Photo copyThere was a lot of mixing, dumping, and pouring, but the favourite of the morning was definitely this little scoop paired with the funnel.  She quickly learned that using the two together was a great way to fill the little heart-shaped ice moulds and we later on we even experimented with extending our funnel using a bubble tea straw.  

After she was through playing, we scooped up the rice, added it to the bin of coloured rice we keep in the solarium, and shook the remaining grains off of the blanket outside.  Easy, simple fun.   

To see how we make our coloured rice, click here.

♥ 

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Super Simple 5 Minute Backyard Teepee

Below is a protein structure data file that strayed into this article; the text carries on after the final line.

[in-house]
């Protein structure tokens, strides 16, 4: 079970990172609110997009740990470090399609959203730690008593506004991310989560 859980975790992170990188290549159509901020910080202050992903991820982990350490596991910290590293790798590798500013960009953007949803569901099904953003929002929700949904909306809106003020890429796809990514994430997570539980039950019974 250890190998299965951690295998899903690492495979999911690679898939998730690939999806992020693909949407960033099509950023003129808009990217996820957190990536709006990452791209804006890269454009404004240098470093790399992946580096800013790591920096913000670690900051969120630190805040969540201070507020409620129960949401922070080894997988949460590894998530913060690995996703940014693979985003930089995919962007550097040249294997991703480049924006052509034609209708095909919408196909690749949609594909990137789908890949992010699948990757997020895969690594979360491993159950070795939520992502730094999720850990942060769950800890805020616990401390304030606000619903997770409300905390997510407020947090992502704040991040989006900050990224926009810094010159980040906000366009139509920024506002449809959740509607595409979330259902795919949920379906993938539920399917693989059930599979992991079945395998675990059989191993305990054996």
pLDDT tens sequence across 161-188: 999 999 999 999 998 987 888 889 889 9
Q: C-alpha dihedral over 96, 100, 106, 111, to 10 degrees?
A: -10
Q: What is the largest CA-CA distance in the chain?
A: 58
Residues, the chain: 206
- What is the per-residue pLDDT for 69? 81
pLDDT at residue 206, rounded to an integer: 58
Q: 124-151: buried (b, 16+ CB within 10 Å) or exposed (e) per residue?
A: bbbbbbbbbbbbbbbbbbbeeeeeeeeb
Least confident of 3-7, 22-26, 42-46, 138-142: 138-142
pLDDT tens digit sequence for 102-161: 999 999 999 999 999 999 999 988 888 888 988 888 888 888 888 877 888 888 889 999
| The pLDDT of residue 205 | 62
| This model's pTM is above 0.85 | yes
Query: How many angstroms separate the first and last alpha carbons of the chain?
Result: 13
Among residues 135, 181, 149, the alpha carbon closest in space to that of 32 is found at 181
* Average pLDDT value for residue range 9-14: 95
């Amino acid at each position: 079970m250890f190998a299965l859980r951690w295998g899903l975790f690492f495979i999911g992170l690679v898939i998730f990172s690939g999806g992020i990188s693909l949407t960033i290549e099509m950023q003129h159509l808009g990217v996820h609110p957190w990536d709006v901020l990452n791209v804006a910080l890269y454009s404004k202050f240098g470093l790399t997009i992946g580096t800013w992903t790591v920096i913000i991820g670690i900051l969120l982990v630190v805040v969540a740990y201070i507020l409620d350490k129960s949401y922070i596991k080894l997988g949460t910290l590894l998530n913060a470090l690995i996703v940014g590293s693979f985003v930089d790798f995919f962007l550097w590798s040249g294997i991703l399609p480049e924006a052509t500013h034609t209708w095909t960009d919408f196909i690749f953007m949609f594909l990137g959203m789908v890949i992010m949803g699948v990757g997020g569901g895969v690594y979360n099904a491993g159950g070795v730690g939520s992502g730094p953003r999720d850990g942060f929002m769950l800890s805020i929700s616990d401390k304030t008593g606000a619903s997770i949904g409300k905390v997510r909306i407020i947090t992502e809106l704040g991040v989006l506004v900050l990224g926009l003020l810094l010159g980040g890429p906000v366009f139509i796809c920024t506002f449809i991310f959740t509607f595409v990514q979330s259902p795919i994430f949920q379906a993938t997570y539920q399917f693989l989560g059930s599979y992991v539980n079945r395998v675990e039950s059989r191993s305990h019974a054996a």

First off, I have to say that my Baba is hands down one of the most amazing, wonderful women I know.  She’s one of those ladies who can truly do anything…  From sewing to cooking to running a farm, fixing things, painting, gardening, building things, and entertaining – she excels at all.  Oh, and at 70 something years old, having never used a computer or the internet, she bought herself an iPad and taught herself how to use it too.  Amazing, right? (Hi Baba!  Love you!)  ☺

Growing up, my little brother and I would spend a week or two at my Baba’s house each summer.  Our days out at the farm were wonderful.  We spent nearly all of our time outdoors…  We herded cattle, carried huge buckets of grain out each morning, and watched calves being born.  We roamed through massive gardens with freedom to pick and eat as much as we pleased.  We devoured fresh peas off the vine, ate up buckets of raspberries, and wandered around with long stalks of rhubarb with little glass bowls of dipping sugar.  Baba taught us how to use the ride-on mower, make pedaheh from scratch, and draw with artists’ pencils and shading sticks – all of the things childhoods should be made of.